‘Are there gold challenges?’  I asked, walking to the gold section. There wasn’t anyone else’s name there yet.

‘Yes, but they’re generally very advanced.’

‘So how many silvers is a gold worth?’  I asked.

James blushed as I asked more and more questions.  In the end, Miss Fitchett stopped talking about the stickers and kept repeating how pleased they were with James.  ‘Yeah it’s great, but wouldn’t it be better if he did more golds, that way he’d win quicker.’

Miss Fitchett’s smile lost its warmth ‘That’s not really the point.’ She said.

James didn’t start crying until we’d met Daisy.  She asked him what was wrong and put her arm around him.  They walked ahead of me to the car.

‘You shouldn’t be so embarrassing Daddy…and you were late!’

‘I know sweetheart and Daddy’s sorry OK.’

I don’t know how long this went on for.  There seemed like there were many days where I was late and we argued.  But it’s like this, until the point that you left and you weren’t there for a week and that’s all I did, that’s how it happened.  I cycled, around and around in my head.  Trying, trying all the time to make it perfect – all the time questing for the perfect win and when I did it, when I had that perfect moment, I was happy.  I looked up I shouted.  It was 4 am and the house was empty.  The TV had gone onto standby and an empty pizza box was on the table.  Everything around me was a sea of chaos.  Nothing but chaos yet there was only silence in the house.

Everything was completely still, there was no life, no other contact.  No one to tell about my achievement.  But then, when I looked at it on the tablet – the score, my high score, the highest score of all time, was at the top.  I photographed it. Who could I show it to?  But in a fleet of instant it was gone, a teenager from Korea overtook me.  How could it be?  I was the best. How could it come and go so quickly…

And it had and no-one cared.  Not even the people who used to care. You were gone and it was only then that I saw that it was me that had made you go.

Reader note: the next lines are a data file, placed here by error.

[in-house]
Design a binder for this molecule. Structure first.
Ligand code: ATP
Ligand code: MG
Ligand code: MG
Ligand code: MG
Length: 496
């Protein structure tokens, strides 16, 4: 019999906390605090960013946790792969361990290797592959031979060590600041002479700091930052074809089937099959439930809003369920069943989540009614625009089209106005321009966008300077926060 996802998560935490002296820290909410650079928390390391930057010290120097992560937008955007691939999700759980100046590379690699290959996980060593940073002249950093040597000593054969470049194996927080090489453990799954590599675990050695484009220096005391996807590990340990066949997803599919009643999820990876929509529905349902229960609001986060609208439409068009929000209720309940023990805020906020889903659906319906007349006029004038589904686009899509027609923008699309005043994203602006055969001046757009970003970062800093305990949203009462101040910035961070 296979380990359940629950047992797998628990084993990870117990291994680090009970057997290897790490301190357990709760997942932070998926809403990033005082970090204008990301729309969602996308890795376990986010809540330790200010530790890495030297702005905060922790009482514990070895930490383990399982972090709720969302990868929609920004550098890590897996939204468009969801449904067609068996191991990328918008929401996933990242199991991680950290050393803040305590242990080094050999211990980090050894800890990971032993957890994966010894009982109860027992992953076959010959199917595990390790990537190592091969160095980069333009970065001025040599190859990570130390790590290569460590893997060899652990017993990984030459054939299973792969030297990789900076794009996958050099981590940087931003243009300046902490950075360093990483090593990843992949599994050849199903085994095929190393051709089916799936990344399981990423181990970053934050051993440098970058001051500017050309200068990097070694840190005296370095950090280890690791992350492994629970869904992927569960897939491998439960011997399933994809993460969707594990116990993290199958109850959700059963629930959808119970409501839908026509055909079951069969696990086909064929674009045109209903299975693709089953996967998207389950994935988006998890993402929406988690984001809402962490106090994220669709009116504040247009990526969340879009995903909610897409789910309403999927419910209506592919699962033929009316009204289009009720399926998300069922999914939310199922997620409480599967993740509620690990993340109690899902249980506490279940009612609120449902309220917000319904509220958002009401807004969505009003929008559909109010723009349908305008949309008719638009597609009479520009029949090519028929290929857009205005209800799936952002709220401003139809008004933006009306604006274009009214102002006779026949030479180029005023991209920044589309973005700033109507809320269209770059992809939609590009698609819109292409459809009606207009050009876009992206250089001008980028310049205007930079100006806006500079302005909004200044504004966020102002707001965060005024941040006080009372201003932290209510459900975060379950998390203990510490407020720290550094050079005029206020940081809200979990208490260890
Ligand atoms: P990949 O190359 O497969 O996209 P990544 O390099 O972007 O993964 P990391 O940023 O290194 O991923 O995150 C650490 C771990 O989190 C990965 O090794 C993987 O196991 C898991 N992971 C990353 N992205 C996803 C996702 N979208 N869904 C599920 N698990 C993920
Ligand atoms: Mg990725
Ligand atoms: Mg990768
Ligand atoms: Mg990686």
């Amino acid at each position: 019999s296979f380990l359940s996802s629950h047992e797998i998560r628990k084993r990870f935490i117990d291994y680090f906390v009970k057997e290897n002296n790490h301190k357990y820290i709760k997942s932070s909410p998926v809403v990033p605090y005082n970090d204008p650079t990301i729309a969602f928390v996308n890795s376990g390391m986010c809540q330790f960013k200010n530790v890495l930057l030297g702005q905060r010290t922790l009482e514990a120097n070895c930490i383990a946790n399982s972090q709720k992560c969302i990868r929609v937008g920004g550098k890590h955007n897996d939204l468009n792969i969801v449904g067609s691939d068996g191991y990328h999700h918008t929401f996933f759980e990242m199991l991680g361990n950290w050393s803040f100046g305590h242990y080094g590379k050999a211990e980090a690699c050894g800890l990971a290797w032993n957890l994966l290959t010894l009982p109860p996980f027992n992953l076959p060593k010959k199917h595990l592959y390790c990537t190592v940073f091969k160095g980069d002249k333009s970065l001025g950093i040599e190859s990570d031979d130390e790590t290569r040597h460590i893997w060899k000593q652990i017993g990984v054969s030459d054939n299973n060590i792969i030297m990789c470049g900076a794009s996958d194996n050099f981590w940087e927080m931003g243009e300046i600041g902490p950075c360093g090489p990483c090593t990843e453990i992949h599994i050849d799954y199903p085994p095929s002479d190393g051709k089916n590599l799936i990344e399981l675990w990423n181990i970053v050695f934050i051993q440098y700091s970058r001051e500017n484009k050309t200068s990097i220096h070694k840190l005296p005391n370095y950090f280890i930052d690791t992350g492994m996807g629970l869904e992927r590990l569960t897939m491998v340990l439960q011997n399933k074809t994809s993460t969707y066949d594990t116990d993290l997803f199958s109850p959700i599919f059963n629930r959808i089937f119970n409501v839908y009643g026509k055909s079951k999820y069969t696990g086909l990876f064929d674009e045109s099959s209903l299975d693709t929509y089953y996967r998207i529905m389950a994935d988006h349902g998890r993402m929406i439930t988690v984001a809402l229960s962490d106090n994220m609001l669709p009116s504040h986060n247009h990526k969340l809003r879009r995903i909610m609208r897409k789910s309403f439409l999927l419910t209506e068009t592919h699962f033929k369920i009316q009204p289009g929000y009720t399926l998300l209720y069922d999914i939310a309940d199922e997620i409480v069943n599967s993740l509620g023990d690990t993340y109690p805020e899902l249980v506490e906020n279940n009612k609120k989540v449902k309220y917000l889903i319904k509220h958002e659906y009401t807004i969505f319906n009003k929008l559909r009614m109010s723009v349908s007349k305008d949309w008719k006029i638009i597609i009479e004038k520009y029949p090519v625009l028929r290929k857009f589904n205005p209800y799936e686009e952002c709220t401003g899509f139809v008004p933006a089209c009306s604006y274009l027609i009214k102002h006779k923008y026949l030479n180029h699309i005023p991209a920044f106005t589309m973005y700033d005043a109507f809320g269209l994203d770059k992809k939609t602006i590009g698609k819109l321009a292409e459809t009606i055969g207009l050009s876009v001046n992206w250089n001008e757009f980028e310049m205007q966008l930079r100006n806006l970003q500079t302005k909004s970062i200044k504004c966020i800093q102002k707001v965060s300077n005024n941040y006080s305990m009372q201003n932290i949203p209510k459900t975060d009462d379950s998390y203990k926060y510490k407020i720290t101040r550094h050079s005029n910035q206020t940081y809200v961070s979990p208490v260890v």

I know this won’t fix things, but I’m trying.  I admit to my problem and I’m getting help.  I hope this will help amend some of the times that I ignored you or sat there grunting in the darkness while you watched our lives pass by.

I love you






There is a lot of stock invested in the wisdom of experts.  There is a strong degree of faith that circulates in many aspects of government that ‘experts’ are the ones to solve problems.  And this is often the case – policy makers are busy people, they have to make decisions and stay tuned to politics; they can’t be expected to understand lots of complex information, not when there are probably around 10-10,000 people who are recognized in each particular field.  As a result, they have to use experts.

Experts are used in many forms.  We have expert witnesses in our courts; whose opinions and eruditions can literally change the course of a court case.  We use experts to scrutinize our leaders – when the Prime Minister announces a new policy an expert – either from academia, industry or a think tank are asked for an opinion on the subject.  Often, one expert is bought in with an opposite view to another and a ‘healthy debate’ ensues.

In futures analysis experts are used frequently.  People with deep specialisms are selected; by an analyst, policy maker, facilitator or futurist and asked to attend a meeting to discuss the future.  In such a meeting, a collection of experts are treated to a range of futures techniques.  For example, the following quote illustrates what sort of exercises they might undertake to think about the future (taken from Governing the future 2007)